Eating Enough Vegetables Lowers Your Risk Of Cancer And Premature Death

Eating vegetables isn’t only important for reducing your risk of breast cancer. This is one health habit that can lower your risk of multiple types of cancer as well as your risk of numerous chronic diseases. One study found:14

  • Those who ate five to seven servings of vegetables and fruits per day had a 36 percent lower risk of dying from any cause
  • Three to five servings was associated with a 29 percent lower risk
  • One to three servings was associated with a 14 percent lower risk

But perhaps most strikingly of all, people who ate seven or more portions of vegetables and fruit a day had a 42 percent lower risk of dying from any cause, compared to those who ate less than one portion. They also enjoyed a 31 percent lower risk of heart disease and a 25 percent lower risk of cancer. Vegetables had a larger protective effect than fruits.

So while consuming small amounts of whole fruit is fine (and even beneficial) if you’re healthy, your focus should be on vegetables. When broken down by vegetables only, each additional daily portion of fresh veggies lowered participants’ risk of death by 16 percent compared to 4 percent for fresh fruit.

The fact of the matter is vegetables contain an array of antioxidants and other disease-fighting compounds that are very difficult to get anywhere else. Plant chemicals called phytochemicals can reduce inflammation and eliminate carcinogens, while others regulate the rate at which your cells reproduce, get rid of old cells and maintain DNA. Vegetables are also one of the best forms of dietary fiber. Studies have repeatedly shown that people with higher vegetable intake have:

Lower risks of stroke, type 2 diabetes, high blood pressure, Alzheimer’s disease, and heart disease Lower risks of certain types of cancer, eye diseases, and digestive problems Reduced risk of kidney stones and bone loss
Higher scores on cognitive tests Higher antioxidant levels Lower biomarkers for oxidative stress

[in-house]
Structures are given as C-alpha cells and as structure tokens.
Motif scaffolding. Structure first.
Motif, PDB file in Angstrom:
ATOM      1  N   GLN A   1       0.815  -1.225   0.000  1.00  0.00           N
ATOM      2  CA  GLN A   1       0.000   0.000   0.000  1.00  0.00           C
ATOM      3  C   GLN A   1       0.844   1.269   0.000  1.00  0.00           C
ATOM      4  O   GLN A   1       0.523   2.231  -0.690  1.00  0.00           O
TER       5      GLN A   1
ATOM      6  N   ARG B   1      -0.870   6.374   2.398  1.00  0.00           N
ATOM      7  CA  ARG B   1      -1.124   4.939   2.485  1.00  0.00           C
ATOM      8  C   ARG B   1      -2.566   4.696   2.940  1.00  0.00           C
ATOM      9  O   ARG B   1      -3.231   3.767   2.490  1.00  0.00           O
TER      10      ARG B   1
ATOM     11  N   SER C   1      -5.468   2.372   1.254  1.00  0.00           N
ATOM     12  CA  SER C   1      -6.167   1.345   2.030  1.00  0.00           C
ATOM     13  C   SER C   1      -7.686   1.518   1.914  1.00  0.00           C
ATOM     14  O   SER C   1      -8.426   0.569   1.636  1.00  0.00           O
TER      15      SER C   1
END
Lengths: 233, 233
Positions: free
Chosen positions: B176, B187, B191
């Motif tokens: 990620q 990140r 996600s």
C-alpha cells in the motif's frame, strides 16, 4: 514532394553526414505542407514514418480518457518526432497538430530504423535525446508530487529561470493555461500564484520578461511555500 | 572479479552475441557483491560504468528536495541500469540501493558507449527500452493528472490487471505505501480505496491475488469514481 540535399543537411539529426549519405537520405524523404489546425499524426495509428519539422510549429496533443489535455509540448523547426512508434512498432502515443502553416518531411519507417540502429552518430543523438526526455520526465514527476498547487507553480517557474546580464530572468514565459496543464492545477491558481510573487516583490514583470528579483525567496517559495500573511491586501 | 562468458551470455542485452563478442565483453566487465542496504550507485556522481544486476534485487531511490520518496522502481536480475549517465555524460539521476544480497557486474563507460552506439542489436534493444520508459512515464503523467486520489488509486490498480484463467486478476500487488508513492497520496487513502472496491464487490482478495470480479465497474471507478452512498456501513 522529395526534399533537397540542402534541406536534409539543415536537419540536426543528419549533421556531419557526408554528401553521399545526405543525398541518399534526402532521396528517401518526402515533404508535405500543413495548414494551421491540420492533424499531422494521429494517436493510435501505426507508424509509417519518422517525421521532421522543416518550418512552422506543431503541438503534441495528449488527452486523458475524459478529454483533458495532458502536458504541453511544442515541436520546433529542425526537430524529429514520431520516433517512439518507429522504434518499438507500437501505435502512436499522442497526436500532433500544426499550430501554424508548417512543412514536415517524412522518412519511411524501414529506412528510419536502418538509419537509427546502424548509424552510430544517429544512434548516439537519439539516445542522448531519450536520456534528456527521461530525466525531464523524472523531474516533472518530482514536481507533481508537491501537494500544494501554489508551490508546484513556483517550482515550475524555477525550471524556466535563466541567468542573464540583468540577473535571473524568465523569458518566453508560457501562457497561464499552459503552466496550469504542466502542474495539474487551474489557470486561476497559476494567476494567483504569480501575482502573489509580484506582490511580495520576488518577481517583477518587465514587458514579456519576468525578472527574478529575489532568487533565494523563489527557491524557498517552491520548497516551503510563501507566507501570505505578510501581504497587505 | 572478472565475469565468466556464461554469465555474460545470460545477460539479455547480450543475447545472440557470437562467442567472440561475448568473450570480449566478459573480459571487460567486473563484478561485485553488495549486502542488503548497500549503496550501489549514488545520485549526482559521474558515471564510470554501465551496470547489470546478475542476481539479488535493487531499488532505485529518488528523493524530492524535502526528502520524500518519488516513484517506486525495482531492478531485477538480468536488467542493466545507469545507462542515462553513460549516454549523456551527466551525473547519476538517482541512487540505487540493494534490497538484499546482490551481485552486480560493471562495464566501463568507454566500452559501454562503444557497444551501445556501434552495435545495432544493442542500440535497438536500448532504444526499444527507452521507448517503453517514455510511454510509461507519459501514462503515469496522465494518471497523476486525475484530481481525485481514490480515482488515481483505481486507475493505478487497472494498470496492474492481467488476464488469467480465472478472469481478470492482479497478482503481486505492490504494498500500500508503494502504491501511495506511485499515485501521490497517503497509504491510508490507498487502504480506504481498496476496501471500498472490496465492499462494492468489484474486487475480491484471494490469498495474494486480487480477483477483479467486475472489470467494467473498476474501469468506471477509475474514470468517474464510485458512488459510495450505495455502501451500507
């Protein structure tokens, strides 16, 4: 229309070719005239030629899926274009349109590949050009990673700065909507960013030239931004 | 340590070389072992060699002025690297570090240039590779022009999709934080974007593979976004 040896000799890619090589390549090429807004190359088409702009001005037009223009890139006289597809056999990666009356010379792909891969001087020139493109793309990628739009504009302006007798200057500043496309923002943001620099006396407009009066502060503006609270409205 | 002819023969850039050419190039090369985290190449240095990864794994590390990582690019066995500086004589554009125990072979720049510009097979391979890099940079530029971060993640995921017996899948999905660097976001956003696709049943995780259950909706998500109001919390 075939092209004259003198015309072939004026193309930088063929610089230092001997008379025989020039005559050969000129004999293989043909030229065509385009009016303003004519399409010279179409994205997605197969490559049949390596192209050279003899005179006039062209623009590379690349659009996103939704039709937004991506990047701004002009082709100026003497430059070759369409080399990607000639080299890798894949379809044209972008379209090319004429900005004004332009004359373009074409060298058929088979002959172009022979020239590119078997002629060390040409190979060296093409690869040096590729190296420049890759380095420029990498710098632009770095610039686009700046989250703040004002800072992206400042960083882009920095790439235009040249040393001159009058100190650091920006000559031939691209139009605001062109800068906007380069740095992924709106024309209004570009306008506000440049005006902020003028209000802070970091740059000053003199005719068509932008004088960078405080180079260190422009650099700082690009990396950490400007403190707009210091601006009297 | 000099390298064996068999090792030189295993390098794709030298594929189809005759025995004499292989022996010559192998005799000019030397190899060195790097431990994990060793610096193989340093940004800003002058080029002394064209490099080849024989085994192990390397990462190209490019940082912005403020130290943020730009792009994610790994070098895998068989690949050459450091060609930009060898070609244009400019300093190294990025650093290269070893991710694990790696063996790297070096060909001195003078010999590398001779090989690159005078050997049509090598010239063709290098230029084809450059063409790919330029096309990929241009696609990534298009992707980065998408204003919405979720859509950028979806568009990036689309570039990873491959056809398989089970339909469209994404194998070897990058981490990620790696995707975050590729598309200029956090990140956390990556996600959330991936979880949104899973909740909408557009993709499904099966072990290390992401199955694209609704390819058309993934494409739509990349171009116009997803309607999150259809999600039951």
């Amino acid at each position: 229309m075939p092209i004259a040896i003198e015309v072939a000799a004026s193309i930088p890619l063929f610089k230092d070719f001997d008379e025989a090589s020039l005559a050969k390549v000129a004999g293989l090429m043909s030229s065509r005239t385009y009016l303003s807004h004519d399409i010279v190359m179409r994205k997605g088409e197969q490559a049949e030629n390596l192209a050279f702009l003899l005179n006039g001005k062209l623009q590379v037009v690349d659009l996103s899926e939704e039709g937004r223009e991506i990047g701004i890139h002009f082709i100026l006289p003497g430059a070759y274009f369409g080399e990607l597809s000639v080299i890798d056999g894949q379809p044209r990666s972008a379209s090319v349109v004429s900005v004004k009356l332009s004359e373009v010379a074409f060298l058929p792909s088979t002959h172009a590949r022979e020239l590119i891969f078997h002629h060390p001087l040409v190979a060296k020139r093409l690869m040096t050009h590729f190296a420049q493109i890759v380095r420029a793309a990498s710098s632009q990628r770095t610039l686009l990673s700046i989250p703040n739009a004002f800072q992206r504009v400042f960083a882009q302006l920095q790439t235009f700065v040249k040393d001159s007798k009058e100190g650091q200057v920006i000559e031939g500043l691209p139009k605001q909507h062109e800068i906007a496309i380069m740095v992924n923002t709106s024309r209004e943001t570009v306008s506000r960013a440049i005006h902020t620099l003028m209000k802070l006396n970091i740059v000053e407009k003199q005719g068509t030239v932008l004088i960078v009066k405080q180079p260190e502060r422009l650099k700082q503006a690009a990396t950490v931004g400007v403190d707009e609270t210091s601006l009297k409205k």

Which Vegetables Are Best?

It’s hard to go wrong when eating vegetables, especially if you choose those that appeal to you. However, if you want to take your health up a notch, opt for vegetables that are locally grown, organic, and in season. This will ensure you’re getting the freshest vegetables without added toxins, like pesticides.

Growing your own vegetables is one of the best ways to get inexpensive fresh produce. Replace your lawn or shrubs with a vegetable garden — just be careful about your local zoning laws – or use containers. If a garden is not feasible, join a local food coop or frequent farmers’ markets (many of these now accept food stamps, too).

Generally speaking, you can eat as many green leafy vegetables as you want while high-sugar vegetables (like beets and carrots) should be eaten in moderation. My recommended list of vegetables provides a guide to the most nutritious vegetables, and those to limit due to their high carbohydrate content.

If you want more details about the specific nutrients and health benefits of different veggies, we’ve compiled an extensive review of the health benefits of vegetables in our Mercola Food Facts Library. However, as a general guide, the following list of vegetables details some of the best and worst vegetables for your health.

Highly Recommended Vegetables
Asparagus Escarole
Avocado (actually a fruit) Fennel
Beet greens Green and red cabbage
Bok choy Kale
Broccoli Kohlrabi
Brussels sprouts Lettuce: romaine, red leaf, or green leaf
Cauliflower Mustard greens
Celery Onions
Chicory Parsley
Chinese cabbage Peppers: red, green, yellow, and hot
Chives Tomatoes
Collard greens Turnips
Cucumbers Spinach
Dandelion greens Zucchini
Use sparingly due to high carbohydrate levels
Beets Jicama
Carrots Winter squashes
Vegetables to Avoid
Potatoes Corn

source: Mercola.com



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